The IHRA definition and its conflation of anti-Zionism and antisemitism have since spread. News outlets regularly publish images that include Israeli flags and stories about antisemitism that frame pro-Palestinian slogans as anti-Israel. This conflation expects media consumers to be on the same page about several unspoken premises. First, that antisemitism is the hatred of Jews on the basis of them being Jewish. Second, that Jews deserve safety. Third, that those who hate Jewish people do not want them to be safe. Fourth, that Jewish safety is reliant upon the creation of a militarized Jewish nation-state. These premises culminate in the argument that criticism of Israel is a criticism against the safety that Jews deserve and is thus antisemitic.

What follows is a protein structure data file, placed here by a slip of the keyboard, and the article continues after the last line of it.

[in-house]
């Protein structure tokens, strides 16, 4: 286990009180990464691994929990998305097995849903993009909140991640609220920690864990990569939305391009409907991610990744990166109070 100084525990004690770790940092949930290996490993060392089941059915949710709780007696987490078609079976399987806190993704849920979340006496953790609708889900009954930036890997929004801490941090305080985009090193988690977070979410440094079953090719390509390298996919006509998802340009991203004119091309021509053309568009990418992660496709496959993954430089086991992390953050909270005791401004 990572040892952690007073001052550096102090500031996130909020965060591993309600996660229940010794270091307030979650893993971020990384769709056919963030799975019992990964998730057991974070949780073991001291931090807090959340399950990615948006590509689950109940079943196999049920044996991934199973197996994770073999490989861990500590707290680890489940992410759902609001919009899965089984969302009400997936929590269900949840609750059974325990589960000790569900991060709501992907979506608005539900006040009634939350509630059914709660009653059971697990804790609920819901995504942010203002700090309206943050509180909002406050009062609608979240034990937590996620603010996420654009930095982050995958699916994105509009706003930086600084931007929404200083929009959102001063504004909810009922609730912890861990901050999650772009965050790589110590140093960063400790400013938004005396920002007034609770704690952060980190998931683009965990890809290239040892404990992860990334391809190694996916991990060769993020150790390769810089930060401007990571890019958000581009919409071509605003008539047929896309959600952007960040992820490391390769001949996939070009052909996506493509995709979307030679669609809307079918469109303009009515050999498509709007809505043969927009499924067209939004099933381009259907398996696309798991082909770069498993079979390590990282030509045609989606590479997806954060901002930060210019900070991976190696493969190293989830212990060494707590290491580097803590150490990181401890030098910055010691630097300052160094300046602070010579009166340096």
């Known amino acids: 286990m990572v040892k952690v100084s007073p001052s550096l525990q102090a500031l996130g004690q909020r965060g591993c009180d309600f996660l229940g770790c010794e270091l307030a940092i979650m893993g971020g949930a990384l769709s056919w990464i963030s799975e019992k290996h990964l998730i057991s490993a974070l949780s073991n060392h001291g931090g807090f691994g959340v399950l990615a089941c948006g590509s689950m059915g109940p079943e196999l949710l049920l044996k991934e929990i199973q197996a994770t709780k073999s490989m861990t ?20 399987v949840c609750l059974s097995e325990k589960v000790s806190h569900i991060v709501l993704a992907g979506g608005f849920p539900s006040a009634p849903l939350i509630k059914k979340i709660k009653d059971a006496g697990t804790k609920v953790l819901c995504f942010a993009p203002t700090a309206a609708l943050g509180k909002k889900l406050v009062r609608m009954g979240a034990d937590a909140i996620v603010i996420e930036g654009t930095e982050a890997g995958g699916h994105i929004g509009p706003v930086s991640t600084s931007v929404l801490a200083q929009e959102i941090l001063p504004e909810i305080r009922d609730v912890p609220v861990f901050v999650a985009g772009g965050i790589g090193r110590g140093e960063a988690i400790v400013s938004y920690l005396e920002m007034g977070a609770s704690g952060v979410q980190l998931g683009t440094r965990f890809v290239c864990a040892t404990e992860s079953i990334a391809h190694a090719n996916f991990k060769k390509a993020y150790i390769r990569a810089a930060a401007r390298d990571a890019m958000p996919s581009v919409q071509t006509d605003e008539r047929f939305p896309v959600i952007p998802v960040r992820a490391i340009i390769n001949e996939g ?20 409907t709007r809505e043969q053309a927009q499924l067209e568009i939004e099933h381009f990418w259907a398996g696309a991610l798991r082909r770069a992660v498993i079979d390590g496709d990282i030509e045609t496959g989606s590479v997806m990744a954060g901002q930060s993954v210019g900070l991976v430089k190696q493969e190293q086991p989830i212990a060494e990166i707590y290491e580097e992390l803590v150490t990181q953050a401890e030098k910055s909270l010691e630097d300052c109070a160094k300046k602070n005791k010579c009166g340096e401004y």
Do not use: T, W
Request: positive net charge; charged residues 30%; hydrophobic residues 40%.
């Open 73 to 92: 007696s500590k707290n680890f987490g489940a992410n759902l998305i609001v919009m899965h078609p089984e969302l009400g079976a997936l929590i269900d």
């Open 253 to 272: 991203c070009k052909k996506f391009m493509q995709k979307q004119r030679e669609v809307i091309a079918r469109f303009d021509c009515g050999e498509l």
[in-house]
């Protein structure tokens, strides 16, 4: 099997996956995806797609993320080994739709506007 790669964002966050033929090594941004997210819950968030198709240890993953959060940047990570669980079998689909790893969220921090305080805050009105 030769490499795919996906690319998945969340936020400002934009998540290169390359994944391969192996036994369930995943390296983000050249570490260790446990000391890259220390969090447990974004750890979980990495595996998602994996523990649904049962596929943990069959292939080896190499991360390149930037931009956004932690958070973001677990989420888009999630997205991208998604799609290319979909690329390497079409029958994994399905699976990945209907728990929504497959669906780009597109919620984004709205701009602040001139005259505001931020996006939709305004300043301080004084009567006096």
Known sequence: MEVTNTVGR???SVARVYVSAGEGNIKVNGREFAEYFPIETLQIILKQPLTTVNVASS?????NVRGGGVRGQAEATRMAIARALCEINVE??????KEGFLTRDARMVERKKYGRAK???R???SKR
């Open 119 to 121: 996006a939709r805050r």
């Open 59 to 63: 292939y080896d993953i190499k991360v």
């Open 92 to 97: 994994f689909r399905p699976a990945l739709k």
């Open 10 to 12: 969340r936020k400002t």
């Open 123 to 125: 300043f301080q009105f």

These unspoken premises are an example of enthymemes, a rhetorical tool that relies on audiences filling in information gaps. Propaganda relies heavily on enthymemes because they create a form of participatory propaganda, wherein audiences reinforce and internalize propaganda for themselves. In the case of Israel, enthymemes are additionally tricky to unravel because they include premises that people who fight against fascism should accept that Jews deserve safety. 

This logic falls apart at the fourth premise: that Jewish safety is reliant upon the creation of a militarized Jewish nation-state. The sub-premise is that the actions of the militarized Jewish nation-state are necessary for keeping Jews safe. This raises the question: safety for whom? The existence of the State of Israel does not currently prevent the rise in antisemitism. The logic that Jews are safer in Israel is also undermined by the second-class treatment of anti-Zionist Jews and Jews of color and the violence that is enacted in the name of safety.